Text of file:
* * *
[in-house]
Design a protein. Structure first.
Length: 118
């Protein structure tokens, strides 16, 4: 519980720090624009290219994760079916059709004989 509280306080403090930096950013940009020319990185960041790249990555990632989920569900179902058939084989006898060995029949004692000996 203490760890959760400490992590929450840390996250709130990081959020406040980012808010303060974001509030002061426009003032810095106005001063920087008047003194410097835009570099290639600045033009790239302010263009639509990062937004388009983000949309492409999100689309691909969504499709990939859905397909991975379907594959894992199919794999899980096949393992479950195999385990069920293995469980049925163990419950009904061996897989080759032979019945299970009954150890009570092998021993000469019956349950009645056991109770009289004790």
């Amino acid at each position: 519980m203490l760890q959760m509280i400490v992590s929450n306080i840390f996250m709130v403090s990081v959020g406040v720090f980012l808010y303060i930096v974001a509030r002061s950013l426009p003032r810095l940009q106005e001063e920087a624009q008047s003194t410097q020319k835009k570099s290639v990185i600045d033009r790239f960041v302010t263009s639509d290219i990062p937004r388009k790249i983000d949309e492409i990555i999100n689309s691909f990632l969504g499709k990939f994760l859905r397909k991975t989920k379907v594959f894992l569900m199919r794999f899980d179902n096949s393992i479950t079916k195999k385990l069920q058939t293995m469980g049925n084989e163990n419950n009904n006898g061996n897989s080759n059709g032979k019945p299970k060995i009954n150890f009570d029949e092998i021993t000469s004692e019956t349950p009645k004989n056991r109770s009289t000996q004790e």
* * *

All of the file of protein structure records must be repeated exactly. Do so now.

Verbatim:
[in-house]
Design a protein. Structure first.
Length: 118
């Protein structure tokens, strides 16, 4: 519980720090624009290219994760079916059709004989 509280306080403090930096950013940009020319990185960041790249990555990632989920569900179902058939084989006898060995029949004692000996 203490760890959760400490992590929450840390996250709130990081959020406040980012808010303060974001509030002061426009003032810095106005001063920087008047003194410097835009570099290639600045033009790239302010263009639509990062937004388009983000949309492409999100689309691909969504499709990939859905397909991975379907594959894992199919794999899980096949393992479950195999385990069920293995469980049925163990419950009904061996897989080759032979019945299970009954150890009570092998021993000469019956349950009645056991109770009289004790």
């Amino acid at each position: 519980m203490l760890q959760m509280i400490v992590s929450n306080i840390f996250m709130v403090s990081v959020g406040v720090f980012l808010y303060i930096v974001a509030r002061s950013l426009p003032r810095l940009q106005e001063e920087a624009q008047s003194t410097q020319k835009k570099s290639v990185i600045d033009r790239f960041v302010t263009s639509d290219i990062p937004r388009k790249i983000d949309e492409i990555i999100n689309s691909f990632l969504g499709k990939f994760l859905r397909k991975t989920k379907v594959f894992l569900m199919r794999f899980d179902n096949s393992i479950t079916k195999k385990l069920q058939t293995m469980g049925n084989e163990n419950n009904n006898g061996n897989s080759n059709g032979k019945p299970k060995i009954n150890f009570d029949e092998i021993t000469s004692e019956t349950p009645k004989n056991r109770s009289t000996q004790e």